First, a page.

Recruit Your Brain
Your brain will answer any question you give it, so the way you phrase your questions matters. Asking “Why can’t I get everything done?” instructs your brain to find all the reasons, like “Because you are disorganized, you don’t plan, you overcommit, etc.” These answers not only make you feel bad but more importantly, they don’t move you forward. Asking “How can get all the important things done?” will lead to concrete answers, like “Prioritize, focus on one thing at a time, block out my calendar, turn off my phone, build a cushion,” etc.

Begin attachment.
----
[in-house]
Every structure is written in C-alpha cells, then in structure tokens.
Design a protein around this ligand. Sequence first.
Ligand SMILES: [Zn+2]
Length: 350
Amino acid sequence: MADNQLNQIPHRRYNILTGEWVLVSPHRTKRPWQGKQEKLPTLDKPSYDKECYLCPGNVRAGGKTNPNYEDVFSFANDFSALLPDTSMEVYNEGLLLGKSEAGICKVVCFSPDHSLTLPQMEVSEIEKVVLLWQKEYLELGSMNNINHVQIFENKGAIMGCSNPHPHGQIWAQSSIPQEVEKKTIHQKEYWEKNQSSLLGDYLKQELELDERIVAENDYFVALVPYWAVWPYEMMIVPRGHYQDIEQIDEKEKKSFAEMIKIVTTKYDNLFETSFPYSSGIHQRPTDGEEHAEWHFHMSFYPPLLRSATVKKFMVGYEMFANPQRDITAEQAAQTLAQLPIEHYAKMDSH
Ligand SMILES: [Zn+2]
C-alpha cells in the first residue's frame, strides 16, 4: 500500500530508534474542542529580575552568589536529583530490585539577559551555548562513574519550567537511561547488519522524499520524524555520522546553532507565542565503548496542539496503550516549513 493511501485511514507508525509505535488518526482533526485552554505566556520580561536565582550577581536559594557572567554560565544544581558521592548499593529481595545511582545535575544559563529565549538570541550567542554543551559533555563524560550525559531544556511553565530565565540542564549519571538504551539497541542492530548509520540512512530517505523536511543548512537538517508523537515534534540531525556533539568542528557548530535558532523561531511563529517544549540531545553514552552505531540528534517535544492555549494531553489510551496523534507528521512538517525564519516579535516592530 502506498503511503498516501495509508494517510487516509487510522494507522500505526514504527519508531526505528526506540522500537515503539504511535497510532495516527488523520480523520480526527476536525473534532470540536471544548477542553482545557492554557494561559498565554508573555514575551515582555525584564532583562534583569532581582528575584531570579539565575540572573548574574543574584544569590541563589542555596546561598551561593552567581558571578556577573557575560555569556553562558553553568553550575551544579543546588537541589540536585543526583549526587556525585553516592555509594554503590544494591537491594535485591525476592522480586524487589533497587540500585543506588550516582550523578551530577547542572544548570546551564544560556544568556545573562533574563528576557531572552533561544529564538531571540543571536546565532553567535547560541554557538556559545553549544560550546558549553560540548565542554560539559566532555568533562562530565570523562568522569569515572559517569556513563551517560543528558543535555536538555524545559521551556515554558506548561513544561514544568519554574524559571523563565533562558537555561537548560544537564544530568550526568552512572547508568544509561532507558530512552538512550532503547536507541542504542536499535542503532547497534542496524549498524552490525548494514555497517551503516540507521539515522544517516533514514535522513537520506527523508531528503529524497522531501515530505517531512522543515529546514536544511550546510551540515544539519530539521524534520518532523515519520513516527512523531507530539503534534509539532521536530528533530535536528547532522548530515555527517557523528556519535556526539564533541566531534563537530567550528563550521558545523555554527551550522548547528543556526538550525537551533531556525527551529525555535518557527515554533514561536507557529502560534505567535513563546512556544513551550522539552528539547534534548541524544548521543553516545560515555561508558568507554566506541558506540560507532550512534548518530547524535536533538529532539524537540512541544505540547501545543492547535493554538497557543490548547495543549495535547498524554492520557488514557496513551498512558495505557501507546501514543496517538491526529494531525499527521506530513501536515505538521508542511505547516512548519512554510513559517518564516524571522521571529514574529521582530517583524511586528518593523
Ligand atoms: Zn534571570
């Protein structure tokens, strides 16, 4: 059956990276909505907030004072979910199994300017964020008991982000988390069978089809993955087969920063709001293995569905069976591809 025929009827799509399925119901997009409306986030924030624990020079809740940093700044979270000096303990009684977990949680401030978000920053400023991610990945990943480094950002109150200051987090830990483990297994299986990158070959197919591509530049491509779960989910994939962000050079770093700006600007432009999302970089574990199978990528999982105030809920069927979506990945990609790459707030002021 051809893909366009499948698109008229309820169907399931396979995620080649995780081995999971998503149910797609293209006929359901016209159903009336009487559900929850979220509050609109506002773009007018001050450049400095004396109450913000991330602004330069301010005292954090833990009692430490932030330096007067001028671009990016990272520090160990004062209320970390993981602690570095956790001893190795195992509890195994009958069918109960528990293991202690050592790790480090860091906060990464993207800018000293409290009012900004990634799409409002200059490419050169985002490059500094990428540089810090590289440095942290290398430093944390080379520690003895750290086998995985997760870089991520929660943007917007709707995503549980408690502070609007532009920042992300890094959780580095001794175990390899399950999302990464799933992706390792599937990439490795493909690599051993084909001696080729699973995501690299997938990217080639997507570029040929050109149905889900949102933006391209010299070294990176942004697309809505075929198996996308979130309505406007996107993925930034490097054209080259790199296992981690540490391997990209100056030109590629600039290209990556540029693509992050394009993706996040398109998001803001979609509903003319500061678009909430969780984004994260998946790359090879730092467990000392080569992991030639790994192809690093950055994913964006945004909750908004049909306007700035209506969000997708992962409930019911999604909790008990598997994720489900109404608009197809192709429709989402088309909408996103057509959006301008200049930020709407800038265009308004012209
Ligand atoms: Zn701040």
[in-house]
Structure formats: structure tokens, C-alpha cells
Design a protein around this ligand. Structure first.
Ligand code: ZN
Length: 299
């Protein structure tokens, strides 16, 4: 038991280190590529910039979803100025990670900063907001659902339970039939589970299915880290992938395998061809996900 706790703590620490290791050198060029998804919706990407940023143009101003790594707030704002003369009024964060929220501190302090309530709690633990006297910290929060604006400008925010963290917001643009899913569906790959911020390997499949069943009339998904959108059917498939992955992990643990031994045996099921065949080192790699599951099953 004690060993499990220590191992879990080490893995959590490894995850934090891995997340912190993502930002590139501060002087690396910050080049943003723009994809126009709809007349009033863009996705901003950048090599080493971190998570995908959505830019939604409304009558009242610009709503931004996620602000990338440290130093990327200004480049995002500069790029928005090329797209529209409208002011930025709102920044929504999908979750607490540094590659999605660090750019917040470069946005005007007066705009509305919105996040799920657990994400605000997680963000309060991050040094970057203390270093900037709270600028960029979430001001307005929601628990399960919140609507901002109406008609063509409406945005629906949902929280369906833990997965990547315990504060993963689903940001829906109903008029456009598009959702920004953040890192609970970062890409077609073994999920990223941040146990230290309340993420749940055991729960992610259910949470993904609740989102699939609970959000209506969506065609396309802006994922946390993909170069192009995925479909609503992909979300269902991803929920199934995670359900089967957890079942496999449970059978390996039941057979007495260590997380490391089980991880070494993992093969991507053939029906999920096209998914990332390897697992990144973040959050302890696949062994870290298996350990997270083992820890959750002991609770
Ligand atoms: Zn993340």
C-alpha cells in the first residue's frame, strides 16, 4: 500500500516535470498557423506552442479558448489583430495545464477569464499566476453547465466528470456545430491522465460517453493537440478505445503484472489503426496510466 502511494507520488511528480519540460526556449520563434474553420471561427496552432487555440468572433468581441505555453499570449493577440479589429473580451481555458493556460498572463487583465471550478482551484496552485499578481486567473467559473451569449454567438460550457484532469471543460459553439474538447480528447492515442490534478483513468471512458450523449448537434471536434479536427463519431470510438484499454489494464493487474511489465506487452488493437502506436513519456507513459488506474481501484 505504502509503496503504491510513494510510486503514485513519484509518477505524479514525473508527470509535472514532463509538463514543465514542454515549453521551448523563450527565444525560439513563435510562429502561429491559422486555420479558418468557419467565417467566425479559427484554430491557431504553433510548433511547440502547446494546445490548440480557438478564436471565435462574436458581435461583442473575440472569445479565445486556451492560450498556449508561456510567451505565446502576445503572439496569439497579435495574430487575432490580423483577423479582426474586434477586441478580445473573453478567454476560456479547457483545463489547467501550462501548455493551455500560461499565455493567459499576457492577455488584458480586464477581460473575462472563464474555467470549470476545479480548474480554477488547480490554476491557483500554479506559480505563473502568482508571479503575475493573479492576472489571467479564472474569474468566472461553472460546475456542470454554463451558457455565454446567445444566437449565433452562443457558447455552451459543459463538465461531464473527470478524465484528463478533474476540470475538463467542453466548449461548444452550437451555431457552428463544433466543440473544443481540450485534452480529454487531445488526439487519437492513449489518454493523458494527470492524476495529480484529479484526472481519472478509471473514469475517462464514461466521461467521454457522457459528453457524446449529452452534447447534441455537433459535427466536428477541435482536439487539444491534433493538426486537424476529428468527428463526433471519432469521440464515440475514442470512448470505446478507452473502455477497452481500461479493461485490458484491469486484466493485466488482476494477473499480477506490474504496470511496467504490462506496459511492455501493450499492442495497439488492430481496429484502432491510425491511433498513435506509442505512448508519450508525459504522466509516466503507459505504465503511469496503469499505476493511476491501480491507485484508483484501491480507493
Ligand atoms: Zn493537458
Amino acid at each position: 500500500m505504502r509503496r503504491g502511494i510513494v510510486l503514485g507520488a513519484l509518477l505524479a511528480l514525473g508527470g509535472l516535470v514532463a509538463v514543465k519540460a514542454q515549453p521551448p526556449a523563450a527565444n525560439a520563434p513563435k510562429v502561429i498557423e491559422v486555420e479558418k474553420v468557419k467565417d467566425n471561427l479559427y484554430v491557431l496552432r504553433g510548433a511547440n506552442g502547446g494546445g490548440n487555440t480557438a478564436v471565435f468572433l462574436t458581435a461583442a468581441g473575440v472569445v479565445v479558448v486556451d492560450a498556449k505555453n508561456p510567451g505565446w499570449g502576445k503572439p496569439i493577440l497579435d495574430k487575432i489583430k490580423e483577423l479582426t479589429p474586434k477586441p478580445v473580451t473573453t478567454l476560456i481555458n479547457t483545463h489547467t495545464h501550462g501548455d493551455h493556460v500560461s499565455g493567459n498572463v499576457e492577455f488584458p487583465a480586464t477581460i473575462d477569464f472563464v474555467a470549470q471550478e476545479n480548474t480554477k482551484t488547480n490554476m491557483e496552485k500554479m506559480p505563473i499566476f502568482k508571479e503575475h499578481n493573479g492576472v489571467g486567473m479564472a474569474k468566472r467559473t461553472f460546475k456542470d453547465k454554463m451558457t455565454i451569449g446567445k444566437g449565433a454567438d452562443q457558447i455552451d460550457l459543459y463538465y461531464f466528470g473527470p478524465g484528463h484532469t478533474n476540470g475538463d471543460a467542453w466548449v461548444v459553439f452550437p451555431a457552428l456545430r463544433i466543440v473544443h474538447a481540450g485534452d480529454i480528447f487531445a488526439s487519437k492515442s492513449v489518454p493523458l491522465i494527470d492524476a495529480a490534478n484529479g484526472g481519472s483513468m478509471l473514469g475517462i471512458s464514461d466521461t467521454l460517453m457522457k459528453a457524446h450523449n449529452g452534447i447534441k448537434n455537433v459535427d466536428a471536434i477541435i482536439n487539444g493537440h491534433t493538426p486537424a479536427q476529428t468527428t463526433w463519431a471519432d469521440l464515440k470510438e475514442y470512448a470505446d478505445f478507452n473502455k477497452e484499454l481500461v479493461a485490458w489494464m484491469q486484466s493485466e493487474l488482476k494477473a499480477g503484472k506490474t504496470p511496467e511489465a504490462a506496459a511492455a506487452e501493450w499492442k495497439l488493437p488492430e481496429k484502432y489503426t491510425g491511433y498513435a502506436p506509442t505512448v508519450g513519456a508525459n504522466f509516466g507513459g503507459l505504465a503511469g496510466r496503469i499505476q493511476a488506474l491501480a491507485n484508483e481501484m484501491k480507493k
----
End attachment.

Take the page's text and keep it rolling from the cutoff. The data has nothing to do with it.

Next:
Do It Daily
There is an important reason to create the daily practice of asking yourself these questions. The answers show you your habitual patterns of thinking. You can’t change what you don’t see and until you become aware of how your mind interprets the world around it, your mind is operating on automatic pilot. You may be reacting to circumstances in ways you are not even consciously choosing. Instead, use these questions to surface the thoughts and beliefs in your subconscious and recruit your brain to develop new ways of thinking that not only feel better, but that get better results.